Autism and Asperberger's Spectrum Disorders: 10 things you probably don't knowGreg Olear
My son, who is now six, was diagnosed with Asperger’s almost three years ago. By now I’m well-acquainted with the disorder’s tell-tale behaviors: the obsessive interest in arcane topics (lighting catalogs and floor plans, in our case), the extensive vocabulary, the need for less sleep than neuro-typical children, and so forth.
What I didn’t know about and never thought to look into is the history of autistic spectrum disorder. It was only recently – while writing my new novel, in which the protagonist’s five-year-old son is an “aspie” – that I began to research the genesis of a syndrome that is, and will remain, such an important focus of my life.
And I found a few surprises – 10, to be exact.
1. Until recently, autistic was synonymous with schizophrenic.
A derivation of autos, the Greek word for self, the term was coined in 1910 by the Swiss psychiatrist Eugen Bleuler, who wrote that a certain number of his patients exhibited an “autistic withdrawal of the patient to his fantasies, against which any influence from outside becomes an intolerable disturbance.”
2. Asperger’s has only been on the books for 30 years.
The syndrome was not named until 1981, when the term was coined by scientist Lorna Wing. It took another decade for Hans Asperger’s 1938 paper on “autistic psychopathics” to be translated into English. And it was not until 1994 that “Asperger’s syndrome” was added to the Diagnostic and Statistical Manual of Mental Disorders (DSM-IV).
3. Asperger did not discover Asperger’s syndrome.
The disorder that now bears his name was first noted in 1926 in a research paper called “The Schizoid Personality of Childhood” by a neurologist’s assistant named Eva Sucharewa. But the paper was written 1) in Russian, 2) at the time of Stalin’s rise to power, and, 3) by a woman, so the groundbreaking findings were uniformly ignored.
4. Asperger’s school for autistic children was destroyed by stray Allied bombs in WWII.
After lobbying the Nazi brass to spare his so-called “little professors” from Dachau-style extermination, Asperger, with the aid of a nun, founded a school for “autistic psychopathic” children. A few months after opening, the place was destroyed, along with all of his early research, and the nun lost her life.
5. In the late ’60s and early ’70s, scientists believed that autism was caused by a lack of maternal empathy.
In 1967, after conducting a study in which he found that that mothers of autistic children show higher instances of stress and depression than mothers of neuro-typicals (duh), Bruno Bettelheim of the University of Chicago advanced the “refrigerator mother” theory, concluding that the stressed-out moms – whom he compared to concentration camp guards – must be the cause of autism. The world’s first and foremost child psychiatrist, Leo Kanner, agreed; autistic children, he remarked, are what happened when frigid mothers “defrost enough to produce a child.”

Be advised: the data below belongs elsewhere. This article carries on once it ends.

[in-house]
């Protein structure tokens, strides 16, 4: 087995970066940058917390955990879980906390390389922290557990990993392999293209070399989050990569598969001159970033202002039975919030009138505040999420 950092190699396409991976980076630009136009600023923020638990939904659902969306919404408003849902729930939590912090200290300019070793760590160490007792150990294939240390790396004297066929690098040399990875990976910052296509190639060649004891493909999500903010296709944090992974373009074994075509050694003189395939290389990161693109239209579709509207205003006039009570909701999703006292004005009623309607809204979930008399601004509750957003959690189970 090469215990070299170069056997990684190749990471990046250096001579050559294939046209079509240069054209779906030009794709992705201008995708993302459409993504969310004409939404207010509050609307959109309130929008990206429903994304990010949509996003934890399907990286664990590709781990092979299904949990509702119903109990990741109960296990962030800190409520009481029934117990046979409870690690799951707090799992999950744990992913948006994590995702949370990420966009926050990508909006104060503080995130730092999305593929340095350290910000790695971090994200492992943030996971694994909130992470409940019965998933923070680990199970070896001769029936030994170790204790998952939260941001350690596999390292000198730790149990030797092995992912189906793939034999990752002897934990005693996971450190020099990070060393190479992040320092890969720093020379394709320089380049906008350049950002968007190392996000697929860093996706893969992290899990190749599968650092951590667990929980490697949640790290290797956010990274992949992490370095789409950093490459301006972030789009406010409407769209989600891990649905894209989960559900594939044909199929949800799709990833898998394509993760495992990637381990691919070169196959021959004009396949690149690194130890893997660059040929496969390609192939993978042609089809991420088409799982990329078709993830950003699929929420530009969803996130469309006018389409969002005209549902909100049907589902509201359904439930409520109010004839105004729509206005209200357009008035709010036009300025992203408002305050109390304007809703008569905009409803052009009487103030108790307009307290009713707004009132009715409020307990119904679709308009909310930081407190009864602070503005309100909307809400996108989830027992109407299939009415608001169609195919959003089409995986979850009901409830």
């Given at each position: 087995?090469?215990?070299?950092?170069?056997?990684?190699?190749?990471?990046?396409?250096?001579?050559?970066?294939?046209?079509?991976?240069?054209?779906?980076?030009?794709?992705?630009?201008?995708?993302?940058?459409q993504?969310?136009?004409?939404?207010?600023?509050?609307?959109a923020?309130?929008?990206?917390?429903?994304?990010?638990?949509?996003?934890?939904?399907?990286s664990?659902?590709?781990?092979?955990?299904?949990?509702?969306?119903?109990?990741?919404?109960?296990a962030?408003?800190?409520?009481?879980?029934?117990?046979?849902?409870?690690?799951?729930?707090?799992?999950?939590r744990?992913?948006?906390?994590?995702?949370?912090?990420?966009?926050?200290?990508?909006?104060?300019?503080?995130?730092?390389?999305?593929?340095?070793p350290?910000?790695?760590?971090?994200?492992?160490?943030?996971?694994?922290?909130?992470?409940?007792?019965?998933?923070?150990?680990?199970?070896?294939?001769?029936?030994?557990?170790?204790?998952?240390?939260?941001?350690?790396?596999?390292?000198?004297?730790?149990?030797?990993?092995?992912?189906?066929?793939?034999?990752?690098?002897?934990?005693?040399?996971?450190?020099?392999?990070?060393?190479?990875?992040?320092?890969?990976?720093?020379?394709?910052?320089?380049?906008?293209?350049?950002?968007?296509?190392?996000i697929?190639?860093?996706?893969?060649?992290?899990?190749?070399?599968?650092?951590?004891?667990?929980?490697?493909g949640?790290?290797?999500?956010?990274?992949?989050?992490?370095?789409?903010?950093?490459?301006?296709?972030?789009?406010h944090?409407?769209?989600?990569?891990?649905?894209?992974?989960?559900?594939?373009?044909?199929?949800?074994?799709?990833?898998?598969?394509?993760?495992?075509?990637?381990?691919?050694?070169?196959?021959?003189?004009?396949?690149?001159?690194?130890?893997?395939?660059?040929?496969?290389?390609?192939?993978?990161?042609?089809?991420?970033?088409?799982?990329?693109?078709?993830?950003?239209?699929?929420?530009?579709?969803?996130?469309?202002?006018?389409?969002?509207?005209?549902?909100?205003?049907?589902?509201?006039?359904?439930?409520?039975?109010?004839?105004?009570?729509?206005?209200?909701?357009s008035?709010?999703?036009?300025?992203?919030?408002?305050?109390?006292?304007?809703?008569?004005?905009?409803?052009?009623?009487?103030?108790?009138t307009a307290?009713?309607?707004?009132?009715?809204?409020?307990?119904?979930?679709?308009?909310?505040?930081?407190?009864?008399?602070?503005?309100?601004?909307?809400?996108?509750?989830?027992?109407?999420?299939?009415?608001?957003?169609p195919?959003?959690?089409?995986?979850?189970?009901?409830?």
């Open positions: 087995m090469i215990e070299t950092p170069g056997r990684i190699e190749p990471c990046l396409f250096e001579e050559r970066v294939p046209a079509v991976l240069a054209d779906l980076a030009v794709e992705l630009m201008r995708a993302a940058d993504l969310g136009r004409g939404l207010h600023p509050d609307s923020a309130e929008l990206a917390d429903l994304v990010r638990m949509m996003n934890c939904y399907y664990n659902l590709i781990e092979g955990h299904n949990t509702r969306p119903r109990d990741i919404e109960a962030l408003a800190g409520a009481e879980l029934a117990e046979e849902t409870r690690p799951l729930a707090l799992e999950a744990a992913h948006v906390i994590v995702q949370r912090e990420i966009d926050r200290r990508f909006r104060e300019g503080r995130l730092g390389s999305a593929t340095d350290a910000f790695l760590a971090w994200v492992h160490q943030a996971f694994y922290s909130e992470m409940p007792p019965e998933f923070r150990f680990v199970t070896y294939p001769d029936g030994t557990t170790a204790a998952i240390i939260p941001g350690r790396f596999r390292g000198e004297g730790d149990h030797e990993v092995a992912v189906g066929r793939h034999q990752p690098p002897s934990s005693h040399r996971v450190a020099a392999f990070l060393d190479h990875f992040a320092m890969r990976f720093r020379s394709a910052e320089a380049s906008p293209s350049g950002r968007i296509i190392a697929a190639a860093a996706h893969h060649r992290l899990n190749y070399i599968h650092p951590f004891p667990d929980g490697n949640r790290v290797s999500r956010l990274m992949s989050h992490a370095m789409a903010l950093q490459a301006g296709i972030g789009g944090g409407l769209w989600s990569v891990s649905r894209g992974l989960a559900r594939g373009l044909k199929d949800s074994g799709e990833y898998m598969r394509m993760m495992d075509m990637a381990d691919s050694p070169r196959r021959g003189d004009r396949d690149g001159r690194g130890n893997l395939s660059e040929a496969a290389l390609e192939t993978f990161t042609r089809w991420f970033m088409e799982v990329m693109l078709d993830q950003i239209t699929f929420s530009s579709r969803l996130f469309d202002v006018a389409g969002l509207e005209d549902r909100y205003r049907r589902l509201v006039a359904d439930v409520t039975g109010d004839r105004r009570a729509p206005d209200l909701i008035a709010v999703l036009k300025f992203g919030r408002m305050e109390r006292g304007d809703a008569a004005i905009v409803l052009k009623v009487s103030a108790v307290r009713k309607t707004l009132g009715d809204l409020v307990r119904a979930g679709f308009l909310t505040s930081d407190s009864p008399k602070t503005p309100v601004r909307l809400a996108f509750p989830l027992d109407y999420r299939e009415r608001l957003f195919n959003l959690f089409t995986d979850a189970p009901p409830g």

6. Autistics cannot reliably count piles of toothpicks.
This misconception probably derives from a case study of one of Kanner’s first autistic patients, Donald Triplett, a mathematical wiz-kid from Mississippi who, when pressured by his fellow teenagers to count the bricks of a nearby building, supplied an answer immediately. Half a century later, two reporters at The Atlantic discovered that Triplett hadn’t really counted the bricks, but merely spat out a large number at random. Why did he lie? “I just wanted for those boys to think well of me,” he told the reporters.
7. The real-life basis for Dustin Hoffman’s character in Rain Man was not autistic.
Kim Peek, a Utah-born “megasavant,” had no corpus callosum connecting the two halves of his brain. Posthumously diagnosed with Opitz-Kaveggia syndrome, he was not an “autistic savant” as the film disingenuously claims.
8. One of the world’s foremost autism researchers is related to the guy who plays Borat.
It’s true: Simon Baron-Cohen, a professor of developmental psychopathology at Cambridge and the author of the “mindblindness” theory of autism, is Sacha Baron Cohen’s cousin.
9. Not everyone wants to “cure” autism.
There is a political divide in the community on this issue. Some non-profits, like Autism Speaks, are explicitly “dedicated to facilitating global research into the causes, treatments, and an eventual cure for autism.” Other groups oppose this line of thinking. Aspies for Freedom, for example, holds that “[p]art of the problem with the ‘autism as tragedy’ point of view is that it carries with it the idea that a person is somehow separable from autism, and that there is a ‘normal’ person trapped ‘behind’ the autism. Being autistic is something that influences every single element of who a person is : autism is a part of who we are. To ‘cure’ someone of autism would be to take away the person they are and replace them with someone else.” This promises to be a contentious debate, as the autism numbers continue to spike, and this generation of spectrum children reach adulthood.
10. Parents of autistic children are not more likely to split up.
Rest easy, moms and dads. That pesky statistic about the divorce rate being as high as 80 percent when a couple has an autistic child? It’s an urban – well, a suburban – myth.